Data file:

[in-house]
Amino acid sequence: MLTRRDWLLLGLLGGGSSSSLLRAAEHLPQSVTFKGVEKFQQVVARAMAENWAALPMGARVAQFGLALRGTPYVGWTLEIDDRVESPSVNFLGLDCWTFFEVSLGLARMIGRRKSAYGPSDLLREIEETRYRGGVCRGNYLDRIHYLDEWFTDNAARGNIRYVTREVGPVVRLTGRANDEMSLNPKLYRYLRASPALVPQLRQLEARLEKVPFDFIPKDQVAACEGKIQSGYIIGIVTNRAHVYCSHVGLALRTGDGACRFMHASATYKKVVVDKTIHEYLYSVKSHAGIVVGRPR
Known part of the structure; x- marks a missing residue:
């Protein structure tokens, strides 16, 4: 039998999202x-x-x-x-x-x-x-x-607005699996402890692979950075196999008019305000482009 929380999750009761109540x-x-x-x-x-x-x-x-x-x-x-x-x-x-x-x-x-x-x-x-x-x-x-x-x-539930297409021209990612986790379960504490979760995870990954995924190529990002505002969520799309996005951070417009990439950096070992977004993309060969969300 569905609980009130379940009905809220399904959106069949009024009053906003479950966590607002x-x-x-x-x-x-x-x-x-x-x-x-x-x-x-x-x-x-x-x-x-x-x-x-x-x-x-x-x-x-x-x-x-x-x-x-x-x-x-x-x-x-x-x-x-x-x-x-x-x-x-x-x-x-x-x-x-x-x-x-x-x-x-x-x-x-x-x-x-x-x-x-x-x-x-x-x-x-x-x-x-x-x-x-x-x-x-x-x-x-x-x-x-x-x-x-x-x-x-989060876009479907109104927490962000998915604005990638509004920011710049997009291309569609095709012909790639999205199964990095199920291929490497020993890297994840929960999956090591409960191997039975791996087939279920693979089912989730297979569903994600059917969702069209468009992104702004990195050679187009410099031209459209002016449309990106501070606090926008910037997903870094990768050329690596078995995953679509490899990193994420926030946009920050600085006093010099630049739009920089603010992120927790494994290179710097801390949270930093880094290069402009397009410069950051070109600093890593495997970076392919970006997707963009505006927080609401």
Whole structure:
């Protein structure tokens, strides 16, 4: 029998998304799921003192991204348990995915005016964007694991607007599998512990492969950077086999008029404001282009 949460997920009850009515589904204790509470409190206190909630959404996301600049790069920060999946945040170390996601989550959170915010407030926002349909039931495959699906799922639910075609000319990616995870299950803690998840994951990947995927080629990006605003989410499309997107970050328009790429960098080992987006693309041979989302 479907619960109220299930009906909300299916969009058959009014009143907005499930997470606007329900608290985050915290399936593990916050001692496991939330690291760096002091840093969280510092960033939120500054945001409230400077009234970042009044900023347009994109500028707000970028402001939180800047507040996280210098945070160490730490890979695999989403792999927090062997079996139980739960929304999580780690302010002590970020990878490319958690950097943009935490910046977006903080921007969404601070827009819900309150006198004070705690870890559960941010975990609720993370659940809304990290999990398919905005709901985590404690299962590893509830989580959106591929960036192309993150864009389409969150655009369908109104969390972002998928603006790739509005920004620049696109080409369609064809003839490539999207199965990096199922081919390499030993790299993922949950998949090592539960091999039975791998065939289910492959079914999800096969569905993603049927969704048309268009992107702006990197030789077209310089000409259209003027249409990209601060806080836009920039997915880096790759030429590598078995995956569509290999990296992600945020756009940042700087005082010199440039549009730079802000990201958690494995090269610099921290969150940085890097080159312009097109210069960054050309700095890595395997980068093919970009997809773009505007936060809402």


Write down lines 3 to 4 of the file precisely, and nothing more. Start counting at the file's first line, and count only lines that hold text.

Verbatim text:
Known part of the structure; x- marks a missing residue:
């Protein structure tokens, strides 16, 4: 039998999202x-x-x-x-x-x-x-x-607005699996402890692979950075196999008019305000482009 929380999750009761109540x-x-x-x-x-x-x-x-x-x-x-x-x-x-x-x-x-x-x-x-x-x-x-x-x-539930297409021209990612986790379960504490979760995870990954995924190529990002505002969520799309996005951070417009990439950096070992977004993309060969969300 569905609980009130379940009905809220399904959106069949009024009053906003479950966590607002x-x-x-x-x-x-x-x-x-x-x-x-x-x-x-x-x-x-x-x-x-x-x-x-x-x-x-x-x-x-x-x-x-x-x-x-x-x-x-x-x-x-x-x-x-x-x-x-x-x-x-x-x-x-x-x-x-x-x-x-x-x-x-x-x-x-x-x-x-x-x-x-x-x-x-x-x-x-x-x-x-x-x-x-x-x-x-x-x-x-x-x-x-x-x-x-x-x-x-989060876009479907109104927490962000998915604005990638509004920011710049997009291309569609095709012909790639999205199964990095199920291929490497020993890297994840929960999956090591409960191997039975791996087939279920693979089912989730297979569903994600059917969702069209468009992104702004990195050679187009410099031209459209002016449309990106501070606090926008910037997903870094990768050329690596078995995953679509490899990193994420926030946009920050600085006093010099630049739009920089603010992120927790494994290179710097801390949270930093880094290069402009397009410069950051070109600093890593495997970076392919970006997707963009505006927080609401």